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Martin Van Buren ( or ; December 5, 1782 July 24, 1862) was the eighth President of the United States from 1837 to 1841. Before his presidency, he served as the eighth Vice President (1833–1837) and the 10th Secretary of State under Andrew Jackson. He was a key organizer of the Democratic Party, a dominant figure in the Second Party System, and the first president who was not of British (i.e. English, Welsh, Scottish, or Irish) descent—his ancestry was Dutch. He was the first president to be born an American citizen (his predecessors were born British subjects before the American Revolution), and is also the only president not to have spoken English as a first language, having grown up speaking Dutch. Moreover, he was the first president from New Yorkmarker.

Van Buren was the third president to serve only one term, after John Adams and his son, John Quincy Adams. He also was one of the central figures in developing modern political organizations. As Andrew Jackson's Secretary of State and then Vice President, he was a key figure in building the organizational structure for Jacksonian democracy, particularly in New York State. However, as a president, his administration was largely characterized by the economic hardship of his time, the Panic of 1837. Between the bloodless Aroostook War and the Caroline Affair, relations with Britain and its colonies in Canadamarker also proved to be strained. Whether these were directly his fault, Van Buren was voted out of office after four years, with a close popular vote but a rout in the electoral vote. In 1848, he ran for president on a third-party ticket, the Free Soil Party.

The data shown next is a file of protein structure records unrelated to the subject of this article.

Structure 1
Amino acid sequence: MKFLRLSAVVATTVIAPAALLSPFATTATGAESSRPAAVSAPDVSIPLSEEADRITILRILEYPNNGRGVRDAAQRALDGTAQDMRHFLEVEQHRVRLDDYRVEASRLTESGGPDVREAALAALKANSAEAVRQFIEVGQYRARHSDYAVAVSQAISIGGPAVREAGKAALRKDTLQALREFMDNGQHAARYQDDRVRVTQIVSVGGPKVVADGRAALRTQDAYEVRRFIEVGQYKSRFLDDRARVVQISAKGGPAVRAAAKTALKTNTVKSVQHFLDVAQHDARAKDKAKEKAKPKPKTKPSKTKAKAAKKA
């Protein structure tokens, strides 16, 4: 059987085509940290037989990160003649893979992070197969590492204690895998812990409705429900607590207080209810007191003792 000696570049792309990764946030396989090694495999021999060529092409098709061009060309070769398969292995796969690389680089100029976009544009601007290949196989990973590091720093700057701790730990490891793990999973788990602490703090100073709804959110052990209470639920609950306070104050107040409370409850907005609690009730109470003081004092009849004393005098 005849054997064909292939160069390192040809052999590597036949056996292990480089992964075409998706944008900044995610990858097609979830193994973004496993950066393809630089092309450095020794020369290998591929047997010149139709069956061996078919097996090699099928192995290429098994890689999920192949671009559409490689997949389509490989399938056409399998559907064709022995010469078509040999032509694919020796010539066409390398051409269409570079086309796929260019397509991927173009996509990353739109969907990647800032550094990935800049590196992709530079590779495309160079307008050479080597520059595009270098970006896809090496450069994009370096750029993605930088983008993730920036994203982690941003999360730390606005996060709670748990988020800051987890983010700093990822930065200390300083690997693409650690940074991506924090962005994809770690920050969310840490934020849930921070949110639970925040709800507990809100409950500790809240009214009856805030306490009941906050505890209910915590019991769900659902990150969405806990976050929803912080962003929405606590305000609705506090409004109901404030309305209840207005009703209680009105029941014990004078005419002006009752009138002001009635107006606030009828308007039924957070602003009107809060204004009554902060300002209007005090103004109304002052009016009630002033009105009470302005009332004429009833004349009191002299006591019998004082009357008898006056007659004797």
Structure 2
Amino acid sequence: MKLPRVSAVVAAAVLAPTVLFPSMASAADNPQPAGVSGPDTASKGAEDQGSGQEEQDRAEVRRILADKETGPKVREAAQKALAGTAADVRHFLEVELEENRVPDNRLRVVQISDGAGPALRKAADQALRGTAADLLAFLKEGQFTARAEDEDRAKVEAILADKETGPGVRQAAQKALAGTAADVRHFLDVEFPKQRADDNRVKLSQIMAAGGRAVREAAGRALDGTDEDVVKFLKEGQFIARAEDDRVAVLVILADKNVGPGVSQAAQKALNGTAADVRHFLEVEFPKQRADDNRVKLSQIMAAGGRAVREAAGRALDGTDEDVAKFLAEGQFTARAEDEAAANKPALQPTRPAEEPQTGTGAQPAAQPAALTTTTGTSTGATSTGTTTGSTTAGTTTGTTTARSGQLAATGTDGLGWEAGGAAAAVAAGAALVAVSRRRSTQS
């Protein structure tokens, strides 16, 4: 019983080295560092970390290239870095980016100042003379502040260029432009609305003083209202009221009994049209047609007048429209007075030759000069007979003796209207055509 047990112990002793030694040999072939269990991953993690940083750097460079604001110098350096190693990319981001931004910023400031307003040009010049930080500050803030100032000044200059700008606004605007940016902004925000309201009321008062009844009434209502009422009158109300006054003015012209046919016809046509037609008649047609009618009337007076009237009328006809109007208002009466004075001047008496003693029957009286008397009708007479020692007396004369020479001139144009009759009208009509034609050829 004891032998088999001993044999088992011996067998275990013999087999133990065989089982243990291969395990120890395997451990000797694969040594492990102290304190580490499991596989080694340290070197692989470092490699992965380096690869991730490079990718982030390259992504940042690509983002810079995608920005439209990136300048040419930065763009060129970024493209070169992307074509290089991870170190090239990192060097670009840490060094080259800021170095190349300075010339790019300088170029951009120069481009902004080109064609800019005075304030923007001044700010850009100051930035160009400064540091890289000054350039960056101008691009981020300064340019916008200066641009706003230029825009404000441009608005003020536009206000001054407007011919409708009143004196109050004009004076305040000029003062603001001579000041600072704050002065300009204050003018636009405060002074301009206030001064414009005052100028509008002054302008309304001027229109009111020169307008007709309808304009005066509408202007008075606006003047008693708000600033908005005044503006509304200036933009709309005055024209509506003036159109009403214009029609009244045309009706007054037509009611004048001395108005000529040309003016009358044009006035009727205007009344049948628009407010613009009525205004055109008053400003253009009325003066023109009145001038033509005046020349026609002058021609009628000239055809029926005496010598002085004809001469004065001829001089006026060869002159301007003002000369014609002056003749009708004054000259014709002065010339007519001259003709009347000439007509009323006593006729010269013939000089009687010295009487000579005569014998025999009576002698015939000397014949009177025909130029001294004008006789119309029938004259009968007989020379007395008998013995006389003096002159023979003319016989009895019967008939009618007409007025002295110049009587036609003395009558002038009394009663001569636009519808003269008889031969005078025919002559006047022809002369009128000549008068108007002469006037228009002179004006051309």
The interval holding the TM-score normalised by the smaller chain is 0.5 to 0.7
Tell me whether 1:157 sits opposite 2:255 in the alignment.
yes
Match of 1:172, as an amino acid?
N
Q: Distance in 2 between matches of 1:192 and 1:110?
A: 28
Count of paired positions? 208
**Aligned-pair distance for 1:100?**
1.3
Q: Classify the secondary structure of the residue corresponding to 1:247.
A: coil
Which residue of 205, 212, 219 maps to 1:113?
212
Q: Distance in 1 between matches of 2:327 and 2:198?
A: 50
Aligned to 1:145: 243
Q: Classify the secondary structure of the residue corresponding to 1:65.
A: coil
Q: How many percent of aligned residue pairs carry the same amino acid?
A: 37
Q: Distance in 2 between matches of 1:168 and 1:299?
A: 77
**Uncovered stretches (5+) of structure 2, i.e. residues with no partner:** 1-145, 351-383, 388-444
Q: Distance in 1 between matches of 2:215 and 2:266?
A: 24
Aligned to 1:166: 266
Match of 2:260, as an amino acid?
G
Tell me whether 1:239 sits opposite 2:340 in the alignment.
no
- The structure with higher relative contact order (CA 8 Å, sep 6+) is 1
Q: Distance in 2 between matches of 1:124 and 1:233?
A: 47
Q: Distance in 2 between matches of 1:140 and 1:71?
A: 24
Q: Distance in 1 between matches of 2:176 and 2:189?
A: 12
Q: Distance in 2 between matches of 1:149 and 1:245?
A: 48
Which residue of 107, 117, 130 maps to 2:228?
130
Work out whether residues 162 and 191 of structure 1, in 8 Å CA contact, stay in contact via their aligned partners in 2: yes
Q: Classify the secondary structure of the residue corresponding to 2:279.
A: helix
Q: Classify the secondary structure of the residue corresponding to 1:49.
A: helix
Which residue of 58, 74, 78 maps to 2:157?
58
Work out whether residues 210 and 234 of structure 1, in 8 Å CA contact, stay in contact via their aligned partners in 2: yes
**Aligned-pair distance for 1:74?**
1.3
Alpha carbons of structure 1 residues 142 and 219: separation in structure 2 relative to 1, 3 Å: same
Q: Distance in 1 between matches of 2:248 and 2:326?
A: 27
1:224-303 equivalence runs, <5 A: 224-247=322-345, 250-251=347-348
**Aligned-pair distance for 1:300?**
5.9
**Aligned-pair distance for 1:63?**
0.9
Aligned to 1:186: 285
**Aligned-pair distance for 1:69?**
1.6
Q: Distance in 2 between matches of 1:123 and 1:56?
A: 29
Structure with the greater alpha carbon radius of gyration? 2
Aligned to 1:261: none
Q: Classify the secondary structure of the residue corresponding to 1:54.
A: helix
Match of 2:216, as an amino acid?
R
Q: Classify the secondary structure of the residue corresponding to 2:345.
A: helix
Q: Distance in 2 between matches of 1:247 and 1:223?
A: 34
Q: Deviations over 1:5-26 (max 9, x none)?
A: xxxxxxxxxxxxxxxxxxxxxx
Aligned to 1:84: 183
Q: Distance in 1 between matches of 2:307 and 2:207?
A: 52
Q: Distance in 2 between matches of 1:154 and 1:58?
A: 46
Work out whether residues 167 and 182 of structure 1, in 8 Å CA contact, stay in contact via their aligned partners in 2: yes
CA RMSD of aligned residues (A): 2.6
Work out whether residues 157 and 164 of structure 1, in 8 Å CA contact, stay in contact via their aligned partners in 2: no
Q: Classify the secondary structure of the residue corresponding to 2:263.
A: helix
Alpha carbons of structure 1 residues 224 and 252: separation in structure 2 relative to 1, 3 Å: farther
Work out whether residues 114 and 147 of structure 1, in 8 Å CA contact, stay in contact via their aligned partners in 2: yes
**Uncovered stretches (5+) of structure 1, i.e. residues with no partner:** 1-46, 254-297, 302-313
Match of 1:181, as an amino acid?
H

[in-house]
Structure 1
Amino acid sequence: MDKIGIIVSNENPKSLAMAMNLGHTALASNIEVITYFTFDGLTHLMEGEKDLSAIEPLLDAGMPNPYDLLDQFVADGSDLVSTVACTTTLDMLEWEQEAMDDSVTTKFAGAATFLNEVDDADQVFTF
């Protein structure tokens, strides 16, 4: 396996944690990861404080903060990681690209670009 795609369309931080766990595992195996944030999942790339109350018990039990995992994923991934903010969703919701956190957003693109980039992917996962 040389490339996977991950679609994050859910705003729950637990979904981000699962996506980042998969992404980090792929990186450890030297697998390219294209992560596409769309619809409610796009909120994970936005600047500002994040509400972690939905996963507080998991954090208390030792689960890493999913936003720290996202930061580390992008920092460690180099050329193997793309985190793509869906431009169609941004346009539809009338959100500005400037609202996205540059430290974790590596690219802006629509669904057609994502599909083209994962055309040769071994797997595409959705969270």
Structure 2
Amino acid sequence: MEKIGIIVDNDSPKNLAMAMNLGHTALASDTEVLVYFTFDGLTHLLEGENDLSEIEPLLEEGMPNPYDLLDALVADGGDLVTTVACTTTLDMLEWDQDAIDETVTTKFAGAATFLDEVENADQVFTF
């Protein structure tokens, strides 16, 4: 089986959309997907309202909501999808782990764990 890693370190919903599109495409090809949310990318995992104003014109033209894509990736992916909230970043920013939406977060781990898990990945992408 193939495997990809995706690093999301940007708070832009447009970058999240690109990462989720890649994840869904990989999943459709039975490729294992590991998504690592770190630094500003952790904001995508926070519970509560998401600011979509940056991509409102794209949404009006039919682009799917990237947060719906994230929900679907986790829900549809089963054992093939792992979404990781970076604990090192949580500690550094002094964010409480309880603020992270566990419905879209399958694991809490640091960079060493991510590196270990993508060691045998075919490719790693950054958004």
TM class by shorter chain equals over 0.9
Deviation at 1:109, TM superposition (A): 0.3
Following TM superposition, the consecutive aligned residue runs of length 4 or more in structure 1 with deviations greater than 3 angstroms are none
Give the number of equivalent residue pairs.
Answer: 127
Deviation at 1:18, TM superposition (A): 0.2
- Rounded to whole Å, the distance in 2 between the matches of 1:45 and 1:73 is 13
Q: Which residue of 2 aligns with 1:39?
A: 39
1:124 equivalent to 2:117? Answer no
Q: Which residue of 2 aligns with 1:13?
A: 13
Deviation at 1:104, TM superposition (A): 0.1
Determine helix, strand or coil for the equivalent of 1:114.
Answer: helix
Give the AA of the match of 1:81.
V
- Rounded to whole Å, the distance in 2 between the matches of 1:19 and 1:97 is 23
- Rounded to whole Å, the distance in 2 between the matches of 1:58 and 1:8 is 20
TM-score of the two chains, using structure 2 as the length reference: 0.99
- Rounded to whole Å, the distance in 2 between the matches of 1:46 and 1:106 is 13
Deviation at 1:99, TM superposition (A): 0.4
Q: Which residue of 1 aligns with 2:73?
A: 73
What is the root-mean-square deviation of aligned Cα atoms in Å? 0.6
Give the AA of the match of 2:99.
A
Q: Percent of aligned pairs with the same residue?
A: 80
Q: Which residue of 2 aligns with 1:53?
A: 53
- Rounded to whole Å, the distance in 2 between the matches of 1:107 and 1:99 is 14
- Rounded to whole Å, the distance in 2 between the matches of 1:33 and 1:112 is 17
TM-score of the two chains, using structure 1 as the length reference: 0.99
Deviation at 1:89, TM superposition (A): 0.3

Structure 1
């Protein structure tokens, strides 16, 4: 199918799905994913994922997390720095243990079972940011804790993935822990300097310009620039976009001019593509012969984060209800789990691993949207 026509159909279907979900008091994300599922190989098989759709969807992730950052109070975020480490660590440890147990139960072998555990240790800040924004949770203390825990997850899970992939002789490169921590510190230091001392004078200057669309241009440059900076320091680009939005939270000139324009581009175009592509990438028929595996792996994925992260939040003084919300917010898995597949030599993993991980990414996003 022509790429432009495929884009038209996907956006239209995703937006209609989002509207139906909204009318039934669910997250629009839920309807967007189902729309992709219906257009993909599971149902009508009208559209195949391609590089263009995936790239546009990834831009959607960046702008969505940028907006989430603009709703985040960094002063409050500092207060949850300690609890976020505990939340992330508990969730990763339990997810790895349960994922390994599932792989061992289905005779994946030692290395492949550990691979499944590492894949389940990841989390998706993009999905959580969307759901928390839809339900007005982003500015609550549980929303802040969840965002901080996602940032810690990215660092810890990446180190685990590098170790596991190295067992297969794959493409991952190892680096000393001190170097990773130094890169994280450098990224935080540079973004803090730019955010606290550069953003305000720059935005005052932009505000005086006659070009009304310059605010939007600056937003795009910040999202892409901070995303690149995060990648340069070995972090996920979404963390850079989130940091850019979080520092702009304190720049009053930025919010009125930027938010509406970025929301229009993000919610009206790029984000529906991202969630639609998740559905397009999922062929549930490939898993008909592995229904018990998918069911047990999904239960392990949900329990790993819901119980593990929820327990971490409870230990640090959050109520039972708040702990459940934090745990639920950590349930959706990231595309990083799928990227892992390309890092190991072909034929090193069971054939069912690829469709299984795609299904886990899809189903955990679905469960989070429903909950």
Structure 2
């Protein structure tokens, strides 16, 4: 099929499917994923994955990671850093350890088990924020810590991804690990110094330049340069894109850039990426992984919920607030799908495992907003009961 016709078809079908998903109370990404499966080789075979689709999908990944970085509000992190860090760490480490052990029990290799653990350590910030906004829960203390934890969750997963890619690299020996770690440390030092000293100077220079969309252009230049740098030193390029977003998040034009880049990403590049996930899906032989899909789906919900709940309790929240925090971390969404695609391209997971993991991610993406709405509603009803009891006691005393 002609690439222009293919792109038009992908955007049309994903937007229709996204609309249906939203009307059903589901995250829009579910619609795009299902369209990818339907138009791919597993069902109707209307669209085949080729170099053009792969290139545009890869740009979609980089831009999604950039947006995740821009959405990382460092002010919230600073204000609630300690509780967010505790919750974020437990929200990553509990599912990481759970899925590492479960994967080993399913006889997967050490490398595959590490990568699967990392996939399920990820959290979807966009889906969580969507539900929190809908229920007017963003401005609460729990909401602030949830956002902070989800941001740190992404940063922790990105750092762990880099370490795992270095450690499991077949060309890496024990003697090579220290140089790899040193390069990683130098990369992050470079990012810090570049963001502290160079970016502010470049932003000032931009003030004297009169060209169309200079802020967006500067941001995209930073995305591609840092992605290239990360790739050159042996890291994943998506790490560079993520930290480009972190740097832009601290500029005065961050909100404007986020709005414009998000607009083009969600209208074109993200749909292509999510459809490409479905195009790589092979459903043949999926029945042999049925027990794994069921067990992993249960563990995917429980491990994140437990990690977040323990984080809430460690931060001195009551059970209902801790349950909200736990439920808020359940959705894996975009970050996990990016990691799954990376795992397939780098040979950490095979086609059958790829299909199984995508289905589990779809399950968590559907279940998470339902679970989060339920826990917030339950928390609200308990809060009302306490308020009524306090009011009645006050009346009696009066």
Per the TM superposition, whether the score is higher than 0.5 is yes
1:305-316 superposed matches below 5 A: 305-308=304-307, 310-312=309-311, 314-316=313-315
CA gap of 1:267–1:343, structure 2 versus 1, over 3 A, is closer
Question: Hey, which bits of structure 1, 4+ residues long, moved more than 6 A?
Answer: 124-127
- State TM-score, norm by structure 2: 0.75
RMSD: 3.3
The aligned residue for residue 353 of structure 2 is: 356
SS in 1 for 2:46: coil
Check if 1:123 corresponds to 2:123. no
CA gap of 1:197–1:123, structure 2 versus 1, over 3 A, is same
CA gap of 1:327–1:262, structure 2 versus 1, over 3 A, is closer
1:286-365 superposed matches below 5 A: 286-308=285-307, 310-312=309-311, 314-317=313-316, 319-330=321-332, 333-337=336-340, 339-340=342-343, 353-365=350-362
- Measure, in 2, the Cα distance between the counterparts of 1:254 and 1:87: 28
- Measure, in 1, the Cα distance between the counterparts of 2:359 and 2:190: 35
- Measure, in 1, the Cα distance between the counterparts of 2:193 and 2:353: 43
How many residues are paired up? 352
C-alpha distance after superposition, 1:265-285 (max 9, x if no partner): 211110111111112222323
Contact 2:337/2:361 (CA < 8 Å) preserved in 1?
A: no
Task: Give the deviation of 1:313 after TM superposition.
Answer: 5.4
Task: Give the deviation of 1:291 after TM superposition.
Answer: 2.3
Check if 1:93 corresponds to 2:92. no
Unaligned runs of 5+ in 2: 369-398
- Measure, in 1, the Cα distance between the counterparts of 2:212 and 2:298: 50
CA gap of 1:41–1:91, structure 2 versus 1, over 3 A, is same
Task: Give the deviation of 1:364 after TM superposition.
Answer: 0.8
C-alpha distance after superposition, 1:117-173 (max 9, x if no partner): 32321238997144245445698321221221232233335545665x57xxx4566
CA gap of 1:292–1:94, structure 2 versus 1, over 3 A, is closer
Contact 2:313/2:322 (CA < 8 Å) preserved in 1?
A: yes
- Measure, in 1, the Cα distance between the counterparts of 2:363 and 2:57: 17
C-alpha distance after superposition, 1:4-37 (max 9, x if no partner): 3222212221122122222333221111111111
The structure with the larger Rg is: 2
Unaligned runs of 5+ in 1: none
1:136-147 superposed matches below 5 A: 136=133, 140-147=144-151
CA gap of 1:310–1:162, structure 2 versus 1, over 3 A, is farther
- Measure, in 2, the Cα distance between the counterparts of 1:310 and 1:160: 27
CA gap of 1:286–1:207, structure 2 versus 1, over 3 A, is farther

Martin Van Buren is one of only two people, the other being Thomas Jefferson, to serve as Secretary of State, Vice President and President.

Early life

Historical marker located at the birthplace of Martin Van Buren.
Martin Van Buren was born in the village of Kinderhookmarker, New Yorkmarker, on December 5, 1782, approximately 25 miles south of Albanymarker. His father, Abraham Van Buren (1737–1817) was a farmer, the owner of a handful of slaves, and a tavern-keeper in Kinderhook. Abraham Van Buren supported the American Revolution and later the Jeffersonian Republicans. He died while Martin Van Buren was a New York state senator. Martin Van Buren's mother, Maria Hoes Van Alen Van Buren (1747–1818), was of Dutch ancestry. Her first husband, Johannes Van Alen, died and left her with three children. In 1776, she married Abraham Van Buren. She never got over the loss of her second husband in 1817 and died less than a year after burying him.

By his mother's first marriage, Van Buren had one half-sister and two half-brothers, including James Van Alen, who practiced law with Van Buren for a time and served as a Federalist member of Congress (1807–1809). Van Buren had four full siblings from his parents' marriage: Dirckie "Derike" Van Buren (1777–1865), Jannetje "Hannah" Van Buren (born 1780), Lawrence Van Buren (1786–1868), who served as an officer in the New York militia during the War of 1812 and later was active in the Barnburners New York Democrats opposed to slavery, and Abraham Van Buren (1788–1836).

Van Buren was the first president born a citizen of the United States, as all previous presidents were born before the American Revolution. His great-great-great-great-grandfather Cornelis had come to the New World in 1631 from the Netherlandsmarker.

Van Buren received a basic education at a dreary, poorly lit schoolhouse in his native village and later studied Latin briefly at the Kinderhook Academy. He excelled in composition and speaking. His formal education ended before he reached 14, when he began studying law at the office of Francis Sylvester, a prominent Federalist attorney in Kinderhook. After six years under Sylvester, he spent a final year of apprenticeship in the New York City office of William P. Van Ness, a political lieutenant of Aaron Burr. Van Buren was admitted to the bar in 1803.